Introduced for the first time in 2013, the IFR Middle East Awards recognise the new era of capital markets in the Middle East region – celebrating and honouring those companies that demonstrated excellence throughout the year. The Awards were presented at the inaugural IFR Middle East Awards ceremony in Dubai on March 31 2014.
The IFR Asia Awards honour achievement in Asia’s capital markets and are celebrated at the annual IFR Asia Awards Dinner.
This year’s ceremony will be held on February 19 2014 at the Four Seasons Hotel in Hong Kong. For full details, visit www.ifrasiaawards.com.
The hard copy of the 2013 IFR Review of the Year is sent to all IFR magazine subscribers, but non-subscribers can view a full digital version for free by clicking here.
If you would like to order the 2013 IFR Review of the Year in hard copy, please contact email@example.com.
Anatomy of a giant: Verizon’s US$49bn bond. This is a behind-the-scenes look at the trials and tribulations of creating the biggest bond deal ever. It was a transaction many years in the making, but when it came together, it did so very quickly indeed.
Some of the world’s biggest banks – including Deutsche Bank and Barclays – completely misjudged regulators’ determination to clamp down on leverage. Many were forced into panic overhauls, even though the shift had been well flagged for almost three years.
+-Fixed-income, currencies and commodities units have been the banking industry’s main cash cow for years. But that looks to be coming to an end, as business heads wrestle with new capital, leverage and derivatives trading rules.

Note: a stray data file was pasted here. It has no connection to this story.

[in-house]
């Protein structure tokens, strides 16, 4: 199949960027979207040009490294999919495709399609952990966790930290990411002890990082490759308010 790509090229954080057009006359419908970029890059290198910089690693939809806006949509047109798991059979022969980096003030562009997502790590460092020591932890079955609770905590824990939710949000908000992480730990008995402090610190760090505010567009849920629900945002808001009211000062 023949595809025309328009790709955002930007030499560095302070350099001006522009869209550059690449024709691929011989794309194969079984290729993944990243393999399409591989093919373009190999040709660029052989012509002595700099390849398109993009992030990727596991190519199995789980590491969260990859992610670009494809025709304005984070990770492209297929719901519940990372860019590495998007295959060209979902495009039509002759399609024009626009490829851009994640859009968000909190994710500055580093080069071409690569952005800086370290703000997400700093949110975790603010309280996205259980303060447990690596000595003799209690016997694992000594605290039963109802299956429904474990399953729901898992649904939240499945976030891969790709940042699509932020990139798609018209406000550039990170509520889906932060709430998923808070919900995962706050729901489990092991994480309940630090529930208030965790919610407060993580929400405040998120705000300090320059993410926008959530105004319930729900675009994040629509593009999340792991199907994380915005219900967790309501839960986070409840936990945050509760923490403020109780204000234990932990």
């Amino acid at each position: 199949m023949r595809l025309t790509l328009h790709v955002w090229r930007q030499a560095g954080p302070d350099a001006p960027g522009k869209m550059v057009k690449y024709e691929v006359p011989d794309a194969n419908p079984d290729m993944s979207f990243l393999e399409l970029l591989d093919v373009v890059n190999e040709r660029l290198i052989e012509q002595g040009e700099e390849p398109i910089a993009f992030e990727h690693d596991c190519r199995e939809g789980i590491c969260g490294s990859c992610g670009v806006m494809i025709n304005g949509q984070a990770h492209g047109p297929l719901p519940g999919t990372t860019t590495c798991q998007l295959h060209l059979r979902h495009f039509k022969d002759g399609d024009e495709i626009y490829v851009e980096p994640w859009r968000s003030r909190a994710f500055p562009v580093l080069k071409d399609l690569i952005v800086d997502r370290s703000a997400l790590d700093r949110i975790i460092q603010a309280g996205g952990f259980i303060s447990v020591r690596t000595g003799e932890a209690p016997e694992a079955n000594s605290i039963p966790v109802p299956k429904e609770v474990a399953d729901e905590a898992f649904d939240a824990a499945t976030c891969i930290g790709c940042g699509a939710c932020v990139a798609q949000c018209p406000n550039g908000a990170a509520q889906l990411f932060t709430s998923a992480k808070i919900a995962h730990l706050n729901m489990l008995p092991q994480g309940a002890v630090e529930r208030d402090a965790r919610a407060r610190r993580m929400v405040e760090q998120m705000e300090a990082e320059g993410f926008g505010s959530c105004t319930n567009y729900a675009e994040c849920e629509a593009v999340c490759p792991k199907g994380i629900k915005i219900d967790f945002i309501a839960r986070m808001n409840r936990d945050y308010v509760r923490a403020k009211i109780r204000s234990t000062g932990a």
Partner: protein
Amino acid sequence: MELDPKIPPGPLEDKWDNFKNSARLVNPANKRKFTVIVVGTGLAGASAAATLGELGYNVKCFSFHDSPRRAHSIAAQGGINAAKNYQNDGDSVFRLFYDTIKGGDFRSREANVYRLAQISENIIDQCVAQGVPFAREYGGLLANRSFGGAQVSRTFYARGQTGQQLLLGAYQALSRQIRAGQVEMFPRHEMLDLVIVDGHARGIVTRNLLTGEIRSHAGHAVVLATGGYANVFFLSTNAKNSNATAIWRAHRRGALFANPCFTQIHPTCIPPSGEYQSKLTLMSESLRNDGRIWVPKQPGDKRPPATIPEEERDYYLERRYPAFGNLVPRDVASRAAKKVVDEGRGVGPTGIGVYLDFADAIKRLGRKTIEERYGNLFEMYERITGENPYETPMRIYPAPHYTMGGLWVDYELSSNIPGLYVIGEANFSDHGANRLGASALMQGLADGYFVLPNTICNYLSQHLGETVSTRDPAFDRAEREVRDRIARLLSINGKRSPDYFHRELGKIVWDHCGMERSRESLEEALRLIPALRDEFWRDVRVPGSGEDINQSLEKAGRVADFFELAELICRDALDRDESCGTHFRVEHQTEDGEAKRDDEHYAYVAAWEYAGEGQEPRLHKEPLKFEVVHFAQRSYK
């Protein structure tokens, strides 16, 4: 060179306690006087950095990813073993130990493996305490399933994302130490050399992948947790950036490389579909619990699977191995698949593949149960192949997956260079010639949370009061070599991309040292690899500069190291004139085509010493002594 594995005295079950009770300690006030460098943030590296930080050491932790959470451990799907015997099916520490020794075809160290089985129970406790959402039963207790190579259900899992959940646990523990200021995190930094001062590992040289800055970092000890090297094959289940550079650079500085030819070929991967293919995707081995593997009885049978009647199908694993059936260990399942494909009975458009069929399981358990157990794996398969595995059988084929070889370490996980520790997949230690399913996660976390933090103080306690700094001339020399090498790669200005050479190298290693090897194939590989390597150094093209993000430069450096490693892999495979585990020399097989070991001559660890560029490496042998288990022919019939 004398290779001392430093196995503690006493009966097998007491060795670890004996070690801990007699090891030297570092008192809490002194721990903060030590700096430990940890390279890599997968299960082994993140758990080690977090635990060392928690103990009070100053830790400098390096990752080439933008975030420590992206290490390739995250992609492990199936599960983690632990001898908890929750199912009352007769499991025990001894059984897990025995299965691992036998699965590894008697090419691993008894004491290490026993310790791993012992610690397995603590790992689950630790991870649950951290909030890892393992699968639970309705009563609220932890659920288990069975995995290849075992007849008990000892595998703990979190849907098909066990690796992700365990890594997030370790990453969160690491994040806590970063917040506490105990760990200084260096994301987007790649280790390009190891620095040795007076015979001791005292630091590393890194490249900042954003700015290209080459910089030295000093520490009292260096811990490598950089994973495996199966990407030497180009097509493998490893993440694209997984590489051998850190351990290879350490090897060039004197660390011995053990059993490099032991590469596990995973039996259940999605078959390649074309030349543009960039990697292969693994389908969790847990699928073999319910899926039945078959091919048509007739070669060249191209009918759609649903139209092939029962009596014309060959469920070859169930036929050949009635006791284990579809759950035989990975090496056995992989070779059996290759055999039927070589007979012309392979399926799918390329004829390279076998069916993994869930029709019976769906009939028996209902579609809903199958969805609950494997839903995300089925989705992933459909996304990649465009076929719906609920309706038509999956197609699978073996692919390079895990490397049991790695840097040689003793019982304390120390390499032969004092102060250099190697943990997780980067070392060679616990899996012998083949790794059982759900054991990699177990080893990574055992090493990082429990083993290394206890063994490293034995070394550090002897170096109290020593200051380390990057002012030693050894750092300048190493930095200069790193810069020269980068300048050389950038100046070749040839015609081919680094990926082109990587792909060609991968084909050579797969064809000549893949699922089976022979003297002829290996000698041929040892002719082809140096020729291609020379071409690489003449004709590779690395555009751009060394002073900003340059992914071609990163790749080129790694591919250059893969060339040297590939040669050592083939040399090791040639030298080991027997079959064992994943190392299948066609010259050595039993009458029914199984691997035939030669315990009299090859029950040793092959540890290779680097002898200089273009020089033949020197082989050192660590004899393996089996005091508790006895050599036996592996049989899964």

The laborious implementation of the Dodd-Frank Act is in the home straight. Some confusion remains as the business of trading swaps on exchanges begins in earnest, but even some former critics accept the regulators have got most things right so far.
ECM block trades virtually vanished during the financial crisis. Now they are big business again as banks vie for jumbo deals and assume massive risks. The year is littered with failed transactions, yet banks can’t help but come back for more.
Most experts agree that banks – even the largest ones – are considerably safer now than when the financial crisis kicked in. But what happens if trouble comes calling again? Would national and international overseers let them fail?
While US banks raced to clean up their mess after the financial crisis kicked in, European banks – and their regulators – have taken their sweet time. The result? The Americans are now poised to steal a march – and plenty of market share – from their rivals across the Atlantic.
Japan’s unprecedented monetary experiment has won it cautious approval from the rest of Asia, but will the so-called third arrow of greater structural reform actually arrive? Much is riding on the country’s ability to deliver on its promises.
Japan’s three mega-commercial banks and the country’s leading investment banks are on a roll. Results for the second quarter of the 2013–14 fiscal year, unveiled in mid-November, were spectacular and easily outperformed those of peers in the US and Europe. Outlook for the full fiscal year is bullish, as the banks set about targeted growth at home and internationally.
Syndicating bond deals has always been more art than science. But it is even more a leap into the unknown these days, thanks to tighter rules on communication with investors and the growing illiquidity of secondary bond markets.
An old bond market dog, as Anthony Peters describes himself, takes a look at the state of the secondary markets – and despairs. 2013 could have been the year when a new world in the markets began to emerge. If so, it won’t be one to his liking.